STILLWATER, Okla. – A local university is facing several penalties and fines after it was found violating NCAA rules.
From 2008 through 2012, officials say OSU did not follow its own written policies and procedures for students who tested positive for banned substances.
In a release, the NCAA says five athletes in the football program tested positive for drugs and were still allowed to play.
“The athletics director believed he had latitude in the application of the policy and deferred to the head football coach’s recommendation on whether to suspend student-athletes who failed a drug test. As a result, five football student-athletes competed in a total of seven games when they should have been withheld from competition,” the release read.
Also, officials say the university’s Orange Pride program engaged in “impermissible hosting activities during football prospects’ official and unofficial visits.”
The Orange Pride is an all-female group organized and directed by the football program to participate in hosting events for recruits.
“NCAA rules do not allow the use of student hosts in a way that is inconsistent with the university’s policies on providing campus tours or visits to all prospective students. The panel was concerned with the university’s continued use of the group despite information distributed by the NCAA specifying that groups like Orange Pride for athletics recruiting was impermissible,” it read.
While there were violations, officials say they did not feel that the university failed to monitor its football program.
Penalties that will be assessed on the school are as follows:
- A one-year probation period from April 24, 2015 through April 23, 2016.
- A $5,000 fine.
- A $3,500 fine representing $500 for each of the seven games in which a football student-athlete participated when he should have been withheld.
- A limit of 30 official visits per year during the 2015-16 years (which was self-imposed by the university.)
- A reduction of coaches participating in off-campus evaluations by one (from 10 to nine in the fall and nine to eight in the spring) during the 2015-16 years (which was self-imposed by the university.)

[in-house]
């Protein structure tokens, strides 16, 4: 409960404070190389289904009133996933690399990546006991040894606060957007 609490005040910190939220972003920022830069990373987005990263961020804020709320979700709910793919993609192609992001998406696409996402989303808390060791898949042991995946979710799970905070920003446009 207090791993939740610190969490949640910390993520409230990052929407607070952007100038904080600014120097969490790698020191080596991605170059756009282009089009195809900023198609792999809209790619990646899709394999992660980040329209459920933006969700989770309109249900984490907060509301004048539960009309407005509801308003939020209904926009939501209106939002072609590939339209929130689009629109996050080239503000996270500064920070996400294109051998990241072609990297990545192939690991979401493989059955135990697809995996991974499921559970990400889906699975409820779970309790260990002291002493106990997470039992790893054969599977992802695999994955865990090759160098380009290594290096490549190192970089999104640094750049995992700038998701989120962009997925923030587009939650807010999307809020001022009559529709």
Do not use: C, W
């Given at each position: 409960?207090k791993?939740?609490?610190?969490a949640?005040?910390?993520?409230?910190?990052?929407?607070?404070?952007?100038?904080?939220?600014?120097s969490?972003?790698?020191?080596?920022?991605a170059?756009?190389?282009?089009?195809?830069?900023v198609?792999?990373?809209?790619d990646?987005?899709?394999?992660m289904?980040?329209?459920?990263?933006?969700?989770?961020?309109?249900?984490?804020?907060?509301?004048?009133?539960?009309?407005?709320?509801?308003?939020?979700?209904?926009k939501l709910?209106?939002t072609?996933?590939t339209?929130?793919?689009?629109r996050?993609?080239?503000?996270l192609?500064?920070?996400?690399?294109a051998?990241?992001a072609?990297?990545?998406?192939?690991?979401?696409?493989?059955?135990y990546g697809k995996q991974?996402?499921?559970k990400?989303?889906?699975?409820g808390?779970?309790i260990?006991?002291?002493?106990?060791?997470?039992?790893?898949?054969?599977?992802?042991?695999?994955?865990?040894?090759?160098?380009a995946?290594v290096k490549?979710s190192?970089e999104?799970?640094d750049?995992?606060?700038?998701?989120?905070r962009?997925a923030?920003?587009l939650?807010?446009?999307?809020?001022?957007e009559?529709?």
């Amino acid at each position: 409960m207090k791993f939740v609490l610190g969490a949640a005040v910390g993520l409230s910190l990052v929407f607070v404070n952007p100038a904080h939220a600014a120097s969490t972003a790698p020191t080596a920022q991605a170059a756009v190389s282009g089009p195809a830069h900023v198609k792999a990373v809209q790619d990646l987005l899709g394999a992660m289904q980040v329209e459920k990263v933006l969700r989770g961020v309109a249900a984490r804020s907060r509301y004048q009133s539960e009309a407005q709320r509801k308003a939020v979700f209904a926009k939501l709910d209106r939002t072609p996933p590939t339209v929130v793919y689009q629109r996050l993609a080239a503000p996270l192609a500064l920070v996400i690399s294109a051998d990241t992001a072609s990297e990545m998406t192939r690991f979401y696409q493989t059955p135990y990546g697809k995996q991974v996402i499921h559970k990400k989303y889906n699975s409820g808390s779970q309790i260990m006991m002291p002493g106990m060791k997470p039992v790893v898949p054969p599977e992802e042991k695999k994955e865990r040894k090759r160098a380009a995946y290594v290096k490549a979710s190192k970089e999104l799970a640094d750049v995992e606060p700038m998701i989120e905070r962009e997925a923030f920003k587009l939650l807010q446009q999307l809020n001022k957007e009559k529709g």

- A reduction in the number of evaluation days by 10 days in the fall and spring during the 2015-16 years (which was self-imposed by the university.)
- The school and football program may not use the Orange Pride program, and may not organize another student group to assist in recruiting prospects for four years.
The investigation determined that many of the allegations from the articles were unfounded.
OSU responded to the NCAA’s announcement Friday afternoon.
“We respect and accept the decision of the Division I Committee on Infractions and are very thankful for their review of this matter. The Committee agreed with our position that only two of the three allegations were established and those two findings did not warrant significant penalties. While the institution diligently strives to avoid any NCAA infractions, these findings did not result from deliberate actions by institutional personnel to violate NCAA legislation.
From the moment Sports Illustrated made serious allegations against the Oklahoma State University football program in September 2013, we were committed to finding the truth. We retained an outside consultant and in conjunction with the NCAA Enforcement Staff, a thorough review was conducted, resulting in a joint statement by the Enforcement Staff and the institution in October 2014 that the allegations of misconduct as reported by the media in September 2013 were fundamentally unfounded.
As we bring this matter to a close, we were gratified that the Committee on Infractions recognized OSU’s exemplary cooperation and its affirmative steps to expedite final resolution of the matter.
We appreciate the professionalism and diligence of the NCAA Enforcement Staff throughout the process. We are pleased to have this matter resolved. We are eager to move forward and excited about the future of Oklahoma State football. Oklahoma State University is committed to operating its sports programs with integrity, and I am pleased with the way Mike Holder and Mike Gundy are instilling that integrity in our football program.”